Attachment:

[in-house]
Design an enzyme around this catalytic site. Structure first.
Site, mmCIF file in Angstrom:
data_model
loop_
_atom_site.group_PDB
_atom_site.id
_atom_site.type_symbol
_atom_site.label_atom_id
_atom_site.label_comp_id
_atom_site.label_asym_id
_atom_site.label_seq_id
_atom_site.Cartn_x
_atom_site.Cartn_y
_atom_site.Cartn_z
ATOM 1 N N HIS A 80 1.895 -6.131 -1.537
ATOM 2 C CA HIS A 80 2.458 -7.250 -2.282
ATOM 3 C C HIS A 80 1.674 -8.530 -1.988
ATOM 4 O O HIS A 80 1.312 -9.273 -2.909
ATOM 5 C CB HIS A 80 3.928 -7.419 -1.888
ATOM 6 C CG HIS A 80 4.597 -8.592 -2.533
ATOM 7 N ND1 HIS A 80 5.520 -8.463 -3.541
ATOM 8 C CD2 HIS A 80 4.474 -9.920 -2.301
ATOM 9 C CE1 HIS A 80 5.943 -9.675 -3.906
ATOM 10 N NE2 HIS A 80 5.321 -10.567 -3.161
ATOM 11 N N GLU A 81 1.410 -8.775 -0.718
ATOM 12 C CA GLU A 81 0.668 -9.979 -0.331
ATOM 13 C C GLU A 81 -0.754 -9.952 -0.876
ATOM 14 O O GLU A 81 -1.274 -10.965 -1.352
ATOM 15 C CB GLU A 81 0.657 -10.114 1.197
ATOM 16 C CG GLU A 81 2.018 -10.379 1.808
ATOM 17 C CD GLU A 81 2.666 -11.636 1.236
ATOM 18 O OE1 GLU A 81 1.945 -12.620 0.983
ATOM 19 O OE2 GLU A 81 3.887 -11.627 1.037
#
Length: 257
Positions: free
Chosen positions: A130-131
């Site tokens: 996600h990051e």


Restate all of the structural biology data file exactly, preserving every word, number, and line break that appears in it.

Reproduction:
[in-house]
Design an enzyme around this catalytic site. Structure first.
Site, mmCIF file in Angstrom:
data_model
loop_
_atom_site.group_PDB
_atom_site.id
_atom_site.type_symbol
_atom_site.label_atom_id
_atom_site.label_comp_id
_atom_site.label_asym_id
_atom_site.label_seq_id
_atom_site.Cartn_x
_atom_site.Cartn_y
_atom_site.Cartn_z
ATOM 1 N N HIS A 80 1.895 -6.131 -1.537
ATOM 2 C CA HIS A 80 2.458 -7.250 -2.282
ATOM 3 C C HIS A 80 1.674 -8.530 -1.988
ATOM 4 O O HIS A 80 1.312 -9.273 -2.909
ATOM 5 C CB HIS A 80 3.928 -7.419 -1.888
ATOM 6 C CG HIS A 80 4.597 -8.592 -2.533
ATOM 7 N ND1 HIS A 80 5.520 -8.463 -3.541
ATOM 8 C CD2 HIS A 80 4.474 -9.920 -2.301
ATOM 9 C CE1 HIS A 80 5.943 -9.675 -3.906
ATOM 10 N NE2 HIS A 80 5.321 -10.567 -3.161
ATOM 11 N N GLU A 81 1.410 -8.775 -0.718
ATOM 12 C CA GLU A 81 0.668 -9.979 -0.331
ATOM 13 C C GLU A 81 -0.754 -9.952 -0.876
ATOM 14 O O GLU A 81 -1.274 -10.965 -1.352
ATOM 15 C CB GLU A 81 0.657 -10.114 1.197
ATOM 16 C CG GLU A 81 2.018 -10.379 1.808
ATOM 17 C CD GLU A 81 2.666 -11.636 1.236
ATOM 18 O OE1 GLU A 81 1.945 -12.620 0.983
ATOM 19 O OE2 GLU A 81 3.887 -11.627 1.037
#
Length: 257
Positions: free
Chosen positions: A130-131
């Site tokens: 996600h990051e």